Smith and Clarke (Photo: Nathan Johnson)
The depiction of the writer is the one place where Greenberg veers away from the original. You can understand why a contemporary gay playwright might want to explore Fred’s homosexuality but the character’s coming-out story isn’t interesting, and it feels glued onto Capote’s story. Fred deludes himself that he might be attracted to Holly, but she sees through him; so does the audience, as soon as he refers to himself as “a young, young, young man,” quoting Blanche DuBois’s description of the teenager who comes collecting for the newspaper in A Streetcar Named Desire. Holly’s calling him out when he kisses her on the Brooklyn Bridge one night comes across as needlessly harsh, not to mention superfluous: I don’t think the tension between these two characters needs more layers than Capote already supplied.

The supporting cast includes Suzanne Bertish, who’s far better as the New Yorker editor who fires Fred than she is in her main role as a retired opera diva with big, tangled hair who roller-skates around the city; Kate Cullen Roberts as Holly’s friend Mag Wildwood, who competes with her for the same men; and Tony Torn as the round-headed, square-framed Nazi sympathizer Rusty Trawler, who courts both of them. Robert isn’t very good, but Dorothy Whitney was no better in the movie; perhaps the role is unplayable, though Sally Kellerman gives her numbers some style and drollery on the CD of the musical. (She’s the only performer on the recording who appeared in the show.) George Wendt is miscast as the big-hearted bartender Joe Bell. The reliable John Rothman doesn’t get enough to do (he has two brief roles); as the Hollywood agent who claims he discovered Holly before she ditched the west coast for New York, Lee Wilkof makes a lively meal out of his two scenes. Murphy Guyer is both believable and affecting as Doc, Holly’s estranged husband; instead of throwing the play off course, the way Doc’s appearance derails the movie, here it brings the material into focus, if only temporarily. I admire Greenberg’s devotion to Capote, but this Breakfast at Tiffany’s should be the last attempt to give this material a dramatic shape. Three strikes and you’re out.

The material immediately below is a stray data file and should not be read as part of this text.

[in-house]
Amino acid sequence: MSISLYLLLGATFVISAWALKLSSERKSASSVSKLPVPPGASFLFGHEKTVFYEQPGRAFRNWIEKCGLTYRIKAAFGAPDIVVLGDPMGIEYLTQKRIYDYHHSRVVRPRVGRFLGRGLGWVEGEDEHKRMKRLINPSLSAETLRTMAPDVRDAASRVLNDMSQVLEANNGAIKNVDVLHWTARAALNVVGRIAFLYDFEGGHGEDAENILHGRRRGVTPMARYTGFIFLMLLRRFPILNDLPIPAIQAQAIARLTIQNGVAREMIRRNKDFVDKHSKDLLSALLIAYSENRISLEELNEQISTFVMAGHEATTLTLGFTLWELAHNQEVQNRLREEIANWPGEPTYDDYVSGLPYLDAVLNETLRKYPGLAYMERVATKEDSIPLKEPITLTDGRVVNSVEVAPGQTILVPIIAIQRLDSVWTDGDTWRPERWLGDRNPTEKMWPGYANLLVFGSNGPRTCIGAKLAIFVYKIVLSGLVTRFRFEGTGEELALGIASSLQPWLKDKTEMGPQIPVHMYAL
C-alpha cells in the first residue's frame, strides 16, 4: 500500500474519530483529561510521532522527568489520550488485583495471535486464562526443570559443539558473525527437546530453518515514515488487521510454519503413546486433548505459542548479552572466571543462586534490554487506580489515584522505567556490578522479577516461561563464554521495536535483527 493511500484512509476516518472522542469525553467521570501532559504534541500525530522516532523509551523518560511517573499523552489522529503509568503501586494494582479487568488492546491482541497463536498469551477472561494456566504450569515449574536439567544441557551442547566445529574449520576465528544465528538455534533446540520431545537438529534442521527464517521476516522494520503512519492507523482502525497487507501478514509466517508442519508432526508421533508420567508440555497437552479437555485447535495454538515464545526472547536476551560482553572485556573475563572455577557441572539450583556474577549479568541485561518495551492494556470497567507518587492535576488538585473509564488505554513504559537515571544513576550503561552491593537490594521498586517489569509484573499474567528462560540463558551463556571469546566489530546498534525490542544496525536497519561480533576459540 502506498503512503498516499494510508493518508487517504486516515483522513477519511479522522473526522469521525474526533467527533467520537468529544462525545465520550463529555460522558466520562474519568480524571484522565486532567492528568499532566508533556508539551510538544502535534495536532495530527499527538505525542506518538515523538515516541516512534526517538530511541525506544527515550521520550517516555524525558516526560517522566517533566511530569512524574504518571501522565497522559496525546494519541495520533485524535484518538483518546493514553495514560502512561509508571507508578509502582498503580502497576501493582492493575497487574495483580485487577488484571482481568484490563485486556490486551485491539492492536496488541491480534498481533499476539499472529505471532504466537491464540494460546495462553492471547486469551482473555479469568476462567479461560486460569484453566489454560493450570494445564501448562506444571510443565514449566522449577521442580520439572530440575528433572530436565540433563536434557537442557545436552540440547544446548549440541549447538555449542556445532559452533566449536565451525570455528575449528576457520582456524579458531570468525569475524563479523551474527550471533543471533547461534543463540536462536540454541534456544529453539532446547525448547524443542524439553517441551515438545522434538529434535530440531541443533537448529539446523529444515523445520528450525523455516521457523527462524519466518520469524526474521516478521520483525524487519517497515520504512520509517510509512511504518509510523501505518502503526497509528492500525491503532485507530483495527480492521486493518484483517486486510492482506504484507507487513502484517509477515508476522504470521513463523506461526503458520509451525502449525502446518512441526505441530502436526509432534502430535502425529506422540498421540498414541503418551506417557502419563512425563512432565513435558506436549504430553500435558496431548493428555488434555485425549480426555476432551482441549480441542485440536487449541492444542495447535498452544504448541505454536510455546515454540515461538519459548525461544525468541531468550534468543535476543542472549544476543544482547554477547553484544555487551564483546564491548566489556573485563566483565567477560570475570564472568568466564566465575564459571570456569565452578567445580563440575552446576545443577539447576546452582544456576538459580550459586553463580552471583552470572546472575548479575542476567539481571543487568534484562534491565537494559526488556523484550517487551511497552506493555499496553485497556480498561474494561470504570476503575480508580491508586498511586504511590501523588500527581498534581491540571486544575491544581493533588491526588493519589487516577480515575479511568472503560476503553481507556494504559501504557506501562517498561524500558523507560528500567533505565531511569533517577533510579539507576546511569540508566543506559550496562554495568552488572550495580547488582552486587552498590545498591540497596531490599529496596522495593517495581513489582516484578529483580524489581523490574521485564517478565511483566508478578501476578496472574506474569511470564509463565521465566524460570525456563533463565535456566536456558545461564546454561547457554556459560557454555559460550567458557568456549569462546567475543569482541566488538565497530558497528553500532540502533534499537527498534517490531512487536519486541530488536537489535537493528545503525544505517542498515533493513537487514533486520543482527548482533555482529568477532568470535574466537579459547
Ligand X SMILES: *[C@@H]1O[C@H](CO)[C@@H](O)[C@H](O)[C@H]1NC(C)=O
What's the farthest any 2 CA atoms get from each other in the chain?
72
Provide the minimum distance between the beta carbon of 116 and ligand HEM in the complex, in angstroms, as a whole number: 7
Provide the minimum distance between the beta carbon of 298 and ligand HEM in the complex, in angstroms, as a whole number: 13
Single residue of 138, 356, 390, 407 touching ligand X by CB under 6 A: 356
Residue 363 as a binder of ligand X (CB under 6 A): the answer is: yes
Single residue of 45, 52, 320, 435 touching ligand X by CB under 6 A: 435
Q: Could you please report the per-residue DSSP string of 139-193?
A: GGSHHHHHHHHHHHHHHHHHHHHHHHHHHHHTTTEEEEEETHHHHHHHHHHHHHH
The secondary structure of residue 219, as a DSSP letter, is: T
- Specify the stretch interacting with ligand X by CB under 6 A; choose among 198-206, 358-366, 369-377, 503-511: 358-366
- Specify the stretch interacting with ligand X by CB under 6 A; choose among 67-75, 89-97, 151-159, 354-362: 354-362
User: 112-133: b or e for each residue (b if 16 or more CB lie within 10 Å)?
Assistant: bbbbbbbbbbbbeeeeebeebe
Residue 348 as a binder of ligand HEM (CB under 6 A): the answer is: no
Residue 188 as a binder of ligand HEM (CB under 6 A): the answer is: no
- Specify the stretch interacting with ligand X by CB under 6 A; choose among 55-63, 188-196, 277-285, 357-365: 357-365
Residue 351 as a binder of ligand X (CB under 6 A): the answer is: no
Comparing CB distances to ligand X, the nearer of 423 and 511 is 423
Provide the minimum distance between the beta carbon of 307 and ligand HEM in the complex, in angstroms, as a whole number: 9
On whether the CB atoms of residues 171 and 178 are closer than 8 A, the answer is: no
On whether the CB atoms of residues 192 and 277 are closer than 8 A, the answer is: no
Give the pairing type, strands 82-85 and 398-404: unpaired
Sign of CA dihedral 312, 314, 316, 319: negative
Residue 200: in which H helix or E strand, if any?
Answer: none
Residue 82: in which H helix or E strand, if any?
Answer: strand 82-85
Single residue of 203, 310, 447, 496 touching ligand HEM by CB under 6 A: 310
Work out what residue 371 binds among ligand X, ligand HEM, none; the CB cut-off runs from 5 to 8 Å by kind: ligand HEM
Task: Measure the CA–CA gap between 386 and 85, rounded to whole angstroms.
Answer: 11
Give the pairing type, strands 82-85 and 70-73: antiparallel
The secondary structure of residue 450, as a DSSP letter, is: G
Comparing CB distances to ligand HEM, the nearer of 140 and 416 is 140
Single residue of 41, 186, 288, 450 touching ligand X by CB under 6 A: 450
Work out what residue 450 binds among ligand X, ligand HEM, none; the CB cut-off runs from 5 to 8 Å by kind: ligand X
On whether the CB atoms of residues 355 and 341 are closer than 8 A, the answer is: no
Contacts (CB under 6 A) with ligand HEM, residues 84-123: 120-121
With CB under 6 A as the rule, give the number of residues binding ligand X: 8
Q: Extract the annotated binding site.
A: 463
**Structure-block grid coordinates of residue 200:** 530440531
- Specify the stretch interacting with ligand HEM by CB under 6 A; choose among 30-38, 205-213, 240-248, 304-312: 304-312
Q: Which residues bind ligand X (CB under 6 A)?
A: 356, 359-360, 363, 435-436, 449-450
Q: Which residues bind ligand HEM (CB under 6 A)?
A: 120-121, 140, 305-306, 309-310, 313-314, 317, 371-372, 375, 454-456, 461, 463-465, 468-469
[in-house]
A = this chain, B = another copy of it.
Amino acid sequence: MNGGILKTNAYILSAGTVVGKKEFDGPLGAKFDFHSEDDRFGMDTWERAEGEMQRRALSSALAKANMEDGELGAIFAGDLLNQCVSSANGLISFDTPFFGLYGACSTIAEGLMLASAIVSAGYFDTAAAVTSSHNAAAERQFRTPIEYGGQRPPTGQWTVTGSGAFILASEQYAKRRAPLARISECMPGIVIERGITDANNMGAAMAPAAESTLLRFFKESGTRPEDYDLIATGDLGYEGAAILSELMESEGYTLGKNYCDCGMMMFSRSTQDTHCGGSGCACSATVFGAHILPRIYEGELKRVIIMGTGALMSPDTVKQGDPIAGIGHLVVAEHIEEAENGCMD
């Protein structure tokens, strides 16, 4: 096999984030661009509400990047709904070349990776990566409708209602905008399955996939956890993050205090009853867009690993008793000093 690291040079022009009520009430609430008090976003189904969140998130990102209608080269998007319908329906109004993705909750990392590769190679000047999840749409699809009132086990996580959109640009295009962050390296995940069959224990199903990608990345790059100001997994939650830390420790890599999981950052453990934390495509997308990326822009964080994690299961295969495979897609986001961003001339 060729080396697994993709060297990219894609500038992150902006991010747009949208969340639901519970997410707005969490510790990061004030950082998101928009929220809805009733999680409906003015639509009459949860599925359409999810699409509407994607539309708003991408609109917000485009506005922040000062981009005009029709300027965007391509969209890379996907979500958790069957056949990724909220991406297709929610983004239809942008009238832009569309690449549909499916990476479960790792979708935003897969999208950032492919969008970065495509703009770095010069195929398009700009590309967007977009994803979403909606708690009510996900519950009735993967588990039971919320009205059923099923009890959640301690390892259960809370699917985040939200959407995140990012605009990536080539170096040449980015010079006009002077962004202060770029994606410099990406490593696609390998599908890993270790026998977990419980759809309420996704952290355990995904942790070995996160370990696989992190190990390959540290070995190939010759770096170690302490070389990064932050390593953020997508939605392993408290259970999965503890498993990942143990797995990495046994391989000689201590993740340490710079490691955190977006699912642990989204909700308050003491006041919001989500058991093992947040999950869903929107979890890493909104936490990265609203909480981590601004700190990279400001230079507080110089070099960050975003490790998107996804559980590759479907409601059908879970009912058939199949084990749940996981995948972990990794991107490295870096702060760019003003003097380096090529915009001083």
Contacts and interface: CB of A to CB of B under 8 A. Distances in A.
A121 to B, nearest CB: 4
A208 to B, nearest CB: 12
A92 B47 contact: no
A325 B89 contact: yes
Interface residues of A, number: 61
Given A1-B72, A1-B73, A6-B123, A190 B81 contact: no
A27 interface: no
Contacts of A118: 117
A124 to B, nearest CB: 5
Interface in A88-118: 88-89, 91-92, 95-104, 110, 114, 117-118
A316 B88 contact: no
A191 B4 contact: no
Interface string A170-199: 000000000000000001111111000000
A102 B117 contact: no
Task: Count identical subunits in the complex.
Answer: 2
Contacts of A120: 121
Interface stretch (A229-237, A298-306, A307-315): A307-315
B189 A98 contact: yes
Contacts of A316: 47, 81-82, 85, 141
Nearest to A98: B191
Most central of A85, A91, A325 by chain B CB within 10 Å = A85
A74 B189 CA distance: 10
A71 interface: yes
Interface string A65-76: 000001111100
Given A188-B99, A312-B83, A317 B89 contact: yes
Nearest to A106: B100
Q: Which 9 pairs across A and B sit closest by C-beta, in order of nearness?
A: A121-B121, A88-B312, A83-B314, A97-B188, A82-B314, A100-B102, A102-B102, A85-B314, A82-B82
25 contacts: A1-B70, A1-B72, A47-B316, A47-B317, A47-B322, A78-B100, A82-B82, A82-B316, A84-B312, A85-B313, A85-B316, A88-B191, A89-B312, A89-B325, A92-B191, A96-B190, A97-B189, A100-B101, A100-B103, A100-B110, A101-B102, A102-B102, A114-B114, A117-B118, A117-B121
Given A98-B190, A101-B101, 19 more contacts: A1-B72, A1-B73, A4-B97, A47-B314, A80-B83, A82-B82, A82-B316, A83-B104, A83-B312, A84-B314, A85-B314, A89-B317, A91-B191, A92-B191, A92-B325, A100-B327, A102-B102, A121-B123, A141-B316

– Steve Vineberg is Distinguished Professor of the Arts and Humanities at College of the Holy Cross in Worcester, Massachusetts, where he teaches theatre and film. He also writes for The Threepenny Review and The Boston Phoenix and is the author of three books: Method Actors: Three Generations of an American Acting StyleNo Surprises, Please: Movies in the Reagan Decade; and High Comedy in American Movies.